A moment of conceptual breathing room by putting forward a well-articulated, divergent view could save a ton of resources later.
I’ve been quarantined from my dojo a bit too long, so I took matters into my own hands last month.
I’ve studied many performance rubrics, skill trees, and advancement systems for engineering departments. Boiling them down to core principles can bring clarity when you’re up to your eyeballs in criteria, factors, and value statements.
When you’re building a software product, time always feels like your enemy. Co-opting an existing feature for a new use can feel extremely clever, like you’ve sidestepped a ton of work. But it doesn’t scale, it adds friction, and it adds danger.
As a white dude who can smoothly “pass” as straight and grew up with strong, educated parents in a very stable environment with a strong safety net, I had the privilege of approaching social power structures however I liked. And I chose deeply irreverent.
To me, credibility as a leader is fundamentally whether you’ve convinced me our interests are sufficiently aligned and whether you have the skills & motivation necessary to keep them that way.
Your company isn’t a family. Every time I hear someone describe their workplace as a family, it’s a red flag. It means one of two things: You’re squeezing people, or you’re earnest but inexperienced.
Shipping new features feels like it’s increasing the “moat” around your product because just look at all the time and effort it took. There’s just one problem: Features aren’t a moat.
I recently read “Why I wouldn’t invest in open-source companies, even though I ran one” by Wolfram Hempel and started to write a very long comment, but decided I’d just publish my own counterpoint instead.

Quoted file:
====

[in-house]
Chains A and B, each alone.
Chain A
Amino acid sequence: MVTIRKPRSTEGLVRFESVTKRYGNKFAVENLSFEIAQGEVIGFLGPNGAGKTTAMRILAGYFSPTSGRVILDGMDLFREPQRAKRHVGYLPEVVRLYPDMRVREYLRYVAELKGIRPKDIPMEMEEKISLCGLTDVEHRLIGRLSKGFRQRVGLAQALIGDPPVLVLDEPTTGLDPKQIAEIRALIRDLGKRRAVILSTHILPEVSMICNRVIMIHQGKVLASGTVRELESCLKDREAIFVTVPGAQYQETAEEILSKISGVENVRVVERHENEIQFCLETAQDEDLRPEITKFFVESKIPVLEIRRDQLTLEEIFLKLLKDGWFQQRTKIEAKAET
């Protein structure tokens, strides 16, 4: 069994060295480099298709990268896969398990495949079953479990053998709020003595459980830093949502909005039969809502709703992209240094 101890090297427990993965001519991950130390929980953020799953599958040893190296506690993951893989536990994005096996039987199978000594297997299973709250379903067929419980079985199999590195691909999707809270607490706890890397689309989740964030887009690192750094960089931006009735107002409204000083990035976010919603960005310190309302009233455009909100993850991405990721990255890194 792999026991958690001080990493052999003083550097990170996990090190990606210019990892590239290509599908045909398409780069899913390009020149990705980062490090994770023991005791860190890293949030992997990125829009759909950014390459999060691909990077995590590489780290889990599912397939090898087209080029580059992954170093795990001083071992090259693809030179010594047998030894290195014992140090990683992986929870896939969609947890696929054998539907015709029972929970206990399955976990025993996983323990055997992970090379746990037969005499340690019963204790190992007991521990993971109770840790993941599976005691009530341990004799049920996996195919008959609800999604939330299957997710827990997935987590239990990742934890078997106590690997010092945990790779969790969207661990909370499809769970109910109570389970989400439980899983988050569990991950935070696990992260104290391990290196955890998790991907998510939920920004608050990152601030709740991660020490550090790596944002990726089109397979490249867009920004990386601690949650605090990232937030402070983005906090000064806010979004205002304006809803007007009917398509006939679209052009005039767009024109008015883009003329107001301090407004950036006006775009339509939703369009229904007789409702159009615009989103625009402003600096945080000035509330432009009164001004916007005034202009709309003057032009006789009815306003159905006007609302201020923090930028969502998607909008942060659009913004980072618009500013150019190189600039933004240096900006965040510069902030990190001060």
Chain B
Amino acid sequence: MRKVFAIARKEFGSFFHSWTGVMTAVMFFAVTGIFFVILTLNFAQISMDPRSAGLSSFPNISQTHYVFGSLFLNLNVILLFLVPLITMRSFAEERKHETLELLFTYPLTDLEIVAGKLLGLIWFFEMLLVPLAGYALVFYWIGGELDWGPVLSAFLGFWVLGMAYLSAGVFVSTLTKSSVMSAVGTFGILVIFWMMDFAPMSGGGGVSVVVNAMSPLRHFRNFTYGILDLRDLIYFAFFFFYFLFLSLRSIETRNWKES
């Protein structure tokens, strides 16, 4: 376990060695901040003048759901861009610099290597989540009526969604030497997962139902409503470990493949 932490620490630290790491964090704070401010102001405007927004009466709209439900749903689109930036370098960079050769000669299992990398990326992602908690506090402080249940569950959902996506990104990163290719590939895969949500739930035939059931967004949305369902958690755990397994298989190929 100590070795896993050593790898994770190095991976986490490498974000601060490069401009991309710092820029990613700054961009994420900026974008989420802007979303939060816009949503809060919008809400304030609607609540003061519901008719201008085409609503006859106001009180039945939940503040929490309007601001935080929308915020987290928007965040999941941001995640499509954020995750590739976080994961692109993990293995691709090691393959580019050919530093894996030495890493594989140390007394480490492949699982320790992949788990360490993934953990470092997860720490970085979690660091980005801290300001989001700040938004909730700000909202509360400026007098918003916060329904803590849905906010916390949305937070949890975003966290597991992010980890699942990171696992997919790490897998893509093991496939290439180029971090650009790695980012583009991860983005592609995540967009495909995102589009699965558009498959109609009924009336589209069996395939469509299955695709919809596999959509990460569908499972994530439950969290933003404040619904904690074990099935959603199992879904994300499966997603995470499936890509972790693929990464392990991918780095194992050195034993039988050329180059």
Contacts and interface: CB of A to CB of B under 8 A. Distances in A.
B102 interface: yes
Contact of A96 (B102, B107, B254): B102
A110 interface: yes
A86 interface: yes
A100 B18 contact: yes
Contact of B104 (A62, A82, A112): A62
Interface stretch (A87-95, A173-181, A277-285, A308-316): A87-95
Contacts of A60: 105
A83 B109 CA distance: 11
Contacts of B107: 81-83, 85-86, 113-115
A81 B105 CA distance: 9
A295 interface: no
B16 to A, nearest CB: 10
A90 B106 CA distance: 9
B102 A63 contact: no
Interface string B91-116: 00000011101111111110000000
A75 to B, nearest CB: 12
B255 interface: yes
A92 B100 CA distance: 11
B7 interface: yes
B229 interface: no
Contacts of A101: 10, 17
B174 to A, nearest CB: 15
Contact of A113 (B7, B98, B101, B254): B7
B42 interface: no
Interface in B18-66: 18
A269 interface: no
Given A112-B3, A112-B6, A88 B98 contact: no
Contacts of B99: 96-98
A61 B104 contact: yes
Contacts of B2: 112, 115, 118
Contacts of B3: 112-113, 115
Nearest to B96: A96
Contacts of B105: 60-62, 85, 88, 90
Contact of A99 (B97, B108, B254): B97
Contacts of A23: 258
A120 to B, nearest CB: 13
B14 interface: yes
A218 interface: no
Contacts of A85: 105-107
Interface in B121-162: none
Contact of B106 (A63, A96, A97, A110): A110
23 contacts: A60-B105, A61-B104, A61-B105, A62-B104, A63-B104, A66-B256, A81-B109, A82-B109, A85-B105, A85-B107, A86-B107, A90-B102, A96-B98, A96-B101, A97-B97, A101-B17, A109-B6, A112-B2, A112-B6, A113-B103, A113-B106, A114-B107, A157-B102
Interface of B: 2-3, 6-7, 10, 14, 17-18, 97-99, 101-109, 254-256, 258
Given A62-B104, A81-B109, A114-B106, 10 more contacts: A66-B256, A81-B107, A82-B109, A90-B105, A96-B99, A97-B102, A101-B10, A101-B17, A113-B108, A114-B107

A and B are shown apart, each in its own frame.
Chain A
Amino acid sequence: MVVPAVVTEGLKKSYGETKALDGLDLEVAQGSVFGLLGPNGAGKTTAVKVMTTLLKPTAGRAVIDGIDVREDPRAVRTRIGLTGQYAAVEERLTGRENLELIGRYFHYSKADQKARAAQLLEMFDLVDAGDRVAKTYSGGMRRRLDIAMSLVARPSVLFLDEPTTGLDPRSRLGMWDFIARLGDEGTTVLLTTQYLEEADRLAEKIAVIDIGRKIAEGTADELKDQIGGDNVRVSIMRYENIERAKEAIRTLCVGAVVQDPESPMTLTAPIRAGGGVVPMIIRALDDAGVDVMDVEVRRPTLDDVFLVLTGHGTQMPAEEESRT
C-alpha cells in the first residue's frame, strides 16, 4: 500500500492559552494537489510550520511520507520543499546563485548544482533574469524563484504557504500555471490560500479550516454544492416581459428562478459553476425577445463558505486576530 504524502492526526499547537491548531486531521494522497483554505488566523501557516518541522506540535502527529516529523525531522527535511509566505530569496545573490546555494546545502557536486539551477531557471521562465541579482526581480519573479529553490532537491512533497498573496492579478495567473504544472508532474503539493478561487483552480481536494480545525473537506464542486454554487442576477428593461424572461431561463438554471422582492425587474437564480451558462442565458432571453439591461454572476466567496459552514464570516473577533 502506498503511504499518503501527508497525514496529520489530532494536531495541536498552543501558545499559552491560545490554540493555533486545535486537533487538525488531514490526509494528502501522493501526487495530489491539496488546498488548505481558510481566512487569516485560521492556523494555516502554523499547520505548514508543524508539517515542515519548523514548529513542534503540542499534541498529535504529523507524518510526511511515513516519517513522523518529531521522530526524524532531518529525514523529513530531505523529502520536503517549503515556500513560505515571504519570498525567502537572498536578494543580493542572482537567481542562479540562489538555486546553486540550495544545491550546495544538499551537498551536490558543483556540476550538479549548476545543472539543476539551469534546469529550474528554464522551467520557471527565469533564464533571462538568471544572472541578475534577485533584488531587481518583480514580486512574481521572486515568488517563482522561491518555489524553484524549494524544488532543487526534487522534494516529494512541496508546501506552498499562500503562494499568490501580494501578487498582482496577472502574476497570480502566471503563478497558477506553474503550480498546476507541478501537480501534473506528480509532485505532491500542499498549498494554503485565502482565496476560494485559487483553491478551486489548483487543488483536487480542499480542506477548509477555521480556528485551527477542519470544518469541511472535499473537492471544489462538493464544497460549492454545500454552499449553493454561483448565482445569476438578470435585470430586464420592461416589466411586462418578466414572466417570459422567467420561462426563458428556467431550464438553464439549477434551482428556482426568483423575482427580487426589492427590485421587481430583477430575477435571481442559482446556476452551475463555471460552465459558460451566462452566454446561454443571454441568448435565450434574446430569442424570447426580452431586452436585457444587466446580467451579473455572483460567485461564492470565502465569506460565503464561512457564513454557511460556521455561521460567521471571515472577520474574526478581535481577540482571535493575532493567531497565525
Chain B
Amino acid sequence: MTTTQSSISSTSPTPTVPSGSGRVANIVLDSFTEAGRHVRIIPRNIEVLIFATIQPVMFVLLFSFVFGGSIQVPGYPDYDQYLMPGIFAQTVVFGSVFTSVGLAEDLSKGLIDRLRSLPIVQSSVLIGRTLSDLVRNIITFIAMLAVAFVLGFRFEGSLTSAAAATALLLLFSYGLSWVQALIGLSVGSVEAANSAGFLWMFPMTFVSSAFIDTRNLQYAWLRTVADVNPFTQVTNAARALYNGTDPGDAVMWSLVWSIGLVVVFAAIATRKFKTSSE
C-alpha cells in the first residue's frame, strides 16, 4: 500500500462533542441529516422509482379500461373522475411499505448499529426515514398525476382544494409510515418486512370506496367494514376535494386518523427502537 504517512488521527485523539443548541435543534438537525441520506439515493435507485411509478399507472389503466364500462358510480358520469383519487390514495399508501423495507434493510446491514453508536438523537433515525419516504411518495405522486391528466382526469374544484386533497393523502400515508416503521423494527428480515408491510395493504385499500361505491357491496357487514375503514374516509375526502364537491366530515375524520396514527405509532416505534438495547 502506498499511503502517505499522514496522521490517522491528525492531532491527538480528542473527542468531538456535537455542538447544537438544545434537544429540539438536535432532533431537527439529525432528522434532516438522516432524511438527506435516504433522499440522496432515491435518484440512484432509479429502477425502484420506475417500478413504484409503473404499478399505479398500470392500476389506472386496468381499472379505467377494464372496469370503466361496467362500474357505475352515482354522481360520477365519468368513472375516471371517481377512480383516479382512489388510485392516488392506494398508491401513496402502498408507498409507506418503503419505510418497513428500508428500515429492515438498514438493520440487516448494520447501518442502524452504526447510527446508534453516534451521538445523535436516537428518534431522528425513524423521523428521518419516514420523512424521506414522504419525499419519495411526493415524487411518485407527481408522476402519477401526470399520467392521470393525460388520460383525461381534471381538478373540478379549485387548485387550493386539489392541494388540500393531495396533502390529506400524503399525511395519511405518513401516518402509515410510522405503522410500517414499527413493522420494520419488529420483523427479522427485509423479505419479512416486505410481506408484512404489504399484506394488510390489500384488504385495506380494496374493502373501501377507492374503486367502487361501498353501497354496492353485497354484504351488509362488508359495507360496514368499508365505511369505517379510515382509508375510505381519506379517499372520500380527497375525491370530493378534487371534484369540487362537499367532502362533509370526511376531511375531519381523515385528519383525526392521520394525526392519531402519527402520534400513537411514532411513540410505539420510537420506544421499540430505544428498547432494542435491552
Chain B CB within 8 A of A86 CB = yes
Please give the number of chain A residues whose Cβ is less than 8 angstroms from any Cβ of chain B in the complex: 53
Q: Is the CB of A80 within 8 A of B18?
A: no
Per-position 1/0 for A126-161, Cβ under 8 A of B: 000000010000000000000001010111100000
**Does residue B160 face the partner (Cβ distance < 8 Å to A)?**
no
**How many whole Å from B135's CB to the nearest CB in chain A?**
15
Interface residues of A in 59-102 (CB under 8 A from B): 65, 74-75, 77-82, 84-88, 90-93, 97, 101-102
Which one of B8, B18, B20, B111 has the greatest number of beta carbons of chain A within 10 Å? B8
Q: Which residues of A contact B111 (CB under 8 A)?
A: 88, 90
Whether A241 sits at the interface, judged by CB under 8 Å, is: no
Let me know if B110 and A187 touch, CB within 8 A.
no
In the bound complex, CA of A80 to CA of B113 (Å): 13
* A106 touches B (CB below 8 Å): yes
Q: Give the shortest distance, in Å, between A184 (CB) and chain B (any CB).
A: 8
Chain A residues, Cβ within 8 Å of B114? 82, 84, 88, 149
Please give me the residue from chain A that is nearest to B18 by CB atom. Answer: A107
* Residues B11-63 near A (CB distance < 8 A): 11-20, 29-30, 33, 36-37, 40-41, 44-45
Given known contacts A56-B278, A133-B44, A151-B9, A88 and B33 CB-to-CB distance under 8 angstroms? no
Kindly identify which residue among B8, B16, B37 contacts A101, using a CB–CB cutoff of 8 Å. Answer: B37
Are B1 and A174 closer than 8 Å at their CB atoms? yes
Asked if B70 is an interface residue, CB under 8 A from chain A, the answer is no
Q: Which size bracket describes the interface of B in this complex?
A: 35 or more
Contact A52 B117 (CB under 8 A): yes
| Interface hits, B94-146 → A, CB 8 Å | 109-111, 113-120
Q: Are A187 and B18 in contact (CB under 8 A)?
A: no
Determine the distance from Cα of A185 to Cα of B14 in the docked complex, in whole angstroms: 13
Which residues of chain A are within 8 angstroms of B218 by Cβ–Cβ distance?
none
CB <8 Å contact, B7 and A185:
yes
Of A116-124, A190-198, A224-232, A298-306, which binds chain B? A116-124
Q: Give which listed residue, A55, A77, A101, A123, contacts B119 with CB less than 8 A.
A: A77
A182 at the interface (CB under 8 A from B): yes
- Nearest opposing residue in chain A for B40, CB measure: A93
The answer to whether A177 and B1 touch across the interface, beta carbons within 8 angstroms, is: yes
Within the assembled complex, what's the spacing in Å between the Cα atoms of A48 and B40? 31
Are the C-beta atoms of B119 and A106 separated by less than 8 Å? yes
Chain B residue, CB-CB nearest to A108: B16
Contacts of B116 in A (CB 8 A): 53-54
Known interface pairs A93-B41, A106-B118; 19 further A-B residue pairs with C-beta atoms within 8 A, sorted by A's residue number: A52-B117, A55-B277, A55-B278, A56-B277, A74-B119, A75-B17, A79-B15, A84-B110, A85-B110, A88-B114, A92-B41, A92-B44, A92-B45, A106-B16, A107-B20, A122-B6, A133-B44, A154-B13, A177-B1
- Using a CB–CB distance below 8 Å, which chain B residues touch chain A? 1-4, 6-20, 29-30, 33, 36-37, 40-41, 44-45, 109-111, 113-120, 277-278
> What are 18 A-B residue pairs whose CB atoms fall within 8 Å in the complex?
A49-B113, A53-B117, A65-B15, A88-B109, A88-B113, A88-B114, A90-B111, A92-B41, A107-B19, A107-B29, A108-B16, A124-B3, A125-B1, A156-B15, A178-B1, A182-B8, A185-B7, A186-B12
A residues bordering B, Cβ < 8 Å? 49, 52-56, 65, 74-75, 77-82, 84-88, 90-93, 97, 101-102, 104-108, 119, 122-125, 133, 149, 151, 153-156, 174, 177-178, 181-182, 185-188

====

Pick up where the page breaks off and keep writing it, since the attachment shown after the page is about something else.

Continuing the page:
I’m lately watching The Great British Bake Off. When I thought about why you couldn’t do a similar show about programming, I realized the hurdles to televising it are the same hurdles teams face anyway.
Why do I think so much about how people interact online? We’re at a rare moment of a tectonic shift in one of the great mysteries of the world: human society.
I don’t think many of us understand what a community is or how to support one. We’ve built a lot of software to help people talk, and very little to help them build community.
Are you old enough to remember Firefox 2.0? It was a huge deal. Why did semantic versioning kill “big deal” releases and what could we do instead?
The myth of the “10x Developer” is rooted in pure technical fluency and short-term growth metrics, and it’s a dangerous narrative to sustainable teams and products.
Some months ago, we decided I would be the one to take Kyle’s computer and put it to use. Today felt like the day I could remove the PC without doing further damage to my soul.
Offering community managers a forum to build a community is like giving a project manager a kanban board. Yes, they can make it work. But is there really a “kanban market”?
What is software development really if not a sprawling, borderless puzzle for which the lid with the big picture on it is long gone? To me, it seems obvious that the biggest hurdle to team-based software development is how difficult it is to communicate well.
Most substantive community work is about consensus seeking, and software is naturally very bad at this. How do you put humans at the center of community software? Don’t build better algorithms, build better workflows.
The greatest sin of any developer is thinking they are cleverer than the users of what they build. “I can guess what you want.” In truth, guessing what someone wants is far easier than helping them achieve what they actually want.
Platforms exist to remove interaction barriers between users. The folly of platforms is believing they can entirely rely on algorithms to control & shape human interaction.